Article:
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Blog from RCOG President: College invites health professionals managing growing elective gynaecology waiting lists to share experiences

11 Jun 2024

I invite peers working in elective gynaecology and urgynaecology services to complete our short survey to inform our work on this important issue.

Around 600,000 women and people in England are currently on a waiting list for non-cancer gynaecology hospital care, with around 31,000 waiting over a year. 

The impact of the waiting list on women waiting for care cannot be underestimated. In my clinic, I am seeing more women and people across the country left needlessly struggling with extreme pain, heavy menstrual bleeding and incontinence for conditions like endometriosis and fibroids as they wait to see a Gynaecologist. This can impact every aspect of their personal, social and economic lives.

A recent survey conducted by the College found that 91% of healthcare professionals that cared for patients on gynaecology waiting lists felt the perception of gynaecological conditions as ‘benign’ has a direct impact on how these services are prioritised in an already stretched health service.

Importantly, 88% of healthcare professionals were seeing patient’s symptoms worsening whilst waiting for care and nearly three quarters (74%) were seeing an increase in the complexity of care and treatment needs of patients on waiting lists. While women are suffering and waiting, they are at risk of their conditions worsening and becoming more serious. This cannot continue.

Waiting lists are also having a wider impact on those of us that work in gynaecology. Any progress towards decreasing the numbers of women waiting feels frustratingly slow and as though we are continually letting our patients down.

A staggering 89% of healthcare professionals surveyed felt that being on a waiting list was having a direct impact on their patients’ quality of life. As a professional, this is heavily contributing to feelings of frustration and burnout as we know the system struggles to keep up with demand. We are risking more Gynaecologists leaving the NHS and exacerbating the problem for the 600,000 women and people who are in need of our care.

As President of the RCOG, I recognise that the College has an important role in advocating for our members working in Gynaecology. Since 2022, the RCOG has continually called for change since the publication of our Left for too Long report.

We are currently undertaking new work to identify effective policies and initiatives to address gynaecology waiting lists. The first part of this involves listening to the experiences of women on waiting lists and those of us that care for them.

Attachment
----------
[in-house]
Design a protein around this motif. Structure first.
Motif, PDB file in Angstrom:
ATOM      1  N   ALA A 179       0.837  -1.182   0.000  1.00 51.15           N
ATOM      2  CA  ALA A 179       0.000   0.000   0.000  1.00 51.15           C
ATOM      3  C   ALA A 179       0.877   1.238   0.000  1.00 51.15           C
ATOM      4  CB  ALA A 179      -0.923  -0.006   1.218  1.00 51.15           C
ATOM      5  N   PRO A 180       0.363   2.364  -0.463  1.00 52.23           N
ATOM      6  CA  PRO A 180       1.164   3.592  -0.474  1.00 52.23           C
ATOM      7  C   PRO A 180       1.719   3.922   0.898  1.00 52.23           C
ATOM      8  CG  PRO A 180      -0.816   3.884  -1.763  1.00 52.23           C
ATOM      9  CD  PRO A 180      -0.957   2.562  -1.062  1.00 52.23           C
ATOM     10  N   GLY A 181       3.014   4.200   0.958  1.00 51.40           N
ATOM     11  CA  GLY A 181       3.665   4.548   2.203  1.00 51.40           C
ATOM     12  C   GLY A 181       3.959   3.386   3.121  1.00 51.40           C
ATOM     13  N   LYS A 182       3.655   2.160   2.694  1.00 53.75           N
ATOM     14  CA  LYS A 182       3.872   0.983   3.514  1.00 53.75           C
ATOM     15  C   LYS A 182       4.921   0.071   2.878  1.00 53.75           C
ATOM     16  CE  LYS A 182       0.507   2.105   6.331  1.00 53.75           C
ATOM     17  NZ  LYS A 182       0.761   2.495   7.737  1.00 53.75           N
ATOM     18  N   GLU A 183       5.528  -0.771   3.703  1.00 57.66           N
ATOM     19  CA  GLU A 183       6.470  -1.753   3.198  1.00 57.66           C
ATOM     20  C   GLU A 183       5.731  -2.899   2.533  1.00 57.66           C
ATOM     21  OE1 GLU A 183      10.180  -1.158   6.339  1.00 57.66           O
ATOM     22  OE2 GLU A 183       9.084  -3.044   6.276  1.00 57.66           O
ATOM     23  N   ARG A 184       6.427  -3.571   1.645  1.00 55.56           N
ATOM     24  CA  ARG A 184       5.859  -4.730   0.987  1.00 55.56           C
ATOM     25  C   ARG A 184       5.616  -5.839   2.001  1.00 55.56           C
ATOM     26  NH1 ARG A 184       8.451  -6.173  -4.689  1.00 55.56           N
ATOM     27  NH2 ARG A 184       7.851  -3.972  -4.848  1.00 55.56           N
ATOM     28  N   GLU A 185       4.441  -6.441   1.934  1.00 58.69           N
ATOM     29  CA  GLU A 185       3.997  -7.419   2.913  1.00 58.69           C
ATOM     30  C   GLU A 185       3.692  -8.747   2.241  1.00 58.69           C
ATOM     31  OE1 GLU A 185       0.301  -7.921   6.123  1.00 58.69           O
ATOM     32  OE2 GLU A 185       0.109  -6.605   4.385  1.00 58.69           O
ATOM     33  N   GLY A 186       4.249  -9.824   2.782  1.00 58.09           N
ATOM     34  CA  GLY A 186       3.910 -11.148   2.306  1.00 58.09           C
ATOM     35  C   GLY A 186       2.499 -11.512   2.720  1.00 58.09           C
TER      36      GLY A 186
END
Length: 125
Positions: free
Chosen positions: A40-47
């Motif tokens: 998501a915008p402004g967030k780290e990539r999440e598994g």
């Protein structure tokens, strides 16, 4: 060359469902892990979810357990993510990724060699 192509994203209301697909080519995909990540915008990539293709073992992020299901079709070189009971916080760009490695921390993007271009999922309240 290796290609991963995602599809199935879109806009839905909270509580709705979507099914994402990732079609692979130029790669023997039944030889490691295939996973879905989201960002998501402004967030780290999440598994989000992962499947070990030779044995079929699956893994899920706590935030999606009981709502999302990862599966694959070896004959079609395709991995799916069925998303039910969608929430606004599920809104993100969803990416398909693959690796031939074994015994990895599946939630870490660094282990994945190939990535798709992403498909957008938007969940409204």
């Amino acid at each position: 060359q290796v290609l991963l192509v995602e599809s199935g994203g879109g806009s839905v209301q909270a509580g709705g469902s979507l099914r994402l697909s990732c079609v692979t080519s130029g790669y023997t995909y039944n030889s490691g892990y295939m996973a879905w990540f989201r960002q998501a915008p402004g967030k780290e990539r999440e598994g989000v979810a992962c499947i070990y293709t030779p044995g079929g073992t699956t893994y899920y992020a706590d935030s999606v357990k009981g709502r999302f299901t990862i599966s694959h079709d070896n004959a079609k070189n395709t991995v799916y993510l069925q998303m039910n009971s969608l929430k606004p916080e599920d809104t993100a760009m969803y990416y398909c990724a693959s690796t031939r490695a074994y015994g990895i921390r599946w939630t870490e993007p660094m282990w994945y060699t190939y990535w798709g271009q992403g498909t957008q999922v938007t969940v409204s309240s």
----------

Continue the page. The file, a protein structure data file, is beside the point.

As part of this, we have been surveying healthcare professionals and operational leads working in elective gynaecology services across the UK.

We want to hear from a range of clinical professionals including RCOG Fellows, Members, Trainees and Associates, as well as nurses, allied health professionals and other clinical support staff. We also want to hear from operational and administrative staff who support the delivery of gynaecology services. Your input will provide invaluable evidence to help us to build a case to put in front of decision makers about why we must tackle this issue.

The early results of the survey are emphasising the stress, worry and frustration that our Members, Fellows and the wider gynaecology teams feel and that waiting lists are having an enormous impact on their ability to deliver care.

 “Patient frustration and management of staff wellbeing in the face of these pressure impacts on my mental health”
“I required time off with work related stress due to an inability to care for the women adequately and increasing demand from managers to do more in less time.”
“It is distressing to hear of patients long suffering with their symptoms and desperate to have a date for their procedure.”

I invite my peers working in elective gynaecology and urgynaecology services to consider completing our short survey and sharing your experience.  

In the meantime, I am committed to ensuring that the College continues to call for urgent action to improve access to UK elective gynaecology care and for the next Government to set up a joint taskforce to address the disproportionate growth in waiting lists in gynaecology.

We must address waiting lists in gynaecology to protect women who are waiting from experiencing worsening symptoms, more complex conditions and potentially detrimental mental health impacts.

Equally, we must protect our members and wider healthcare professionals, who are working hard to provide the best possible care in challenging conditions. It is essential that our voices are heard and the next Government acts.

  • Please complete the survey here.
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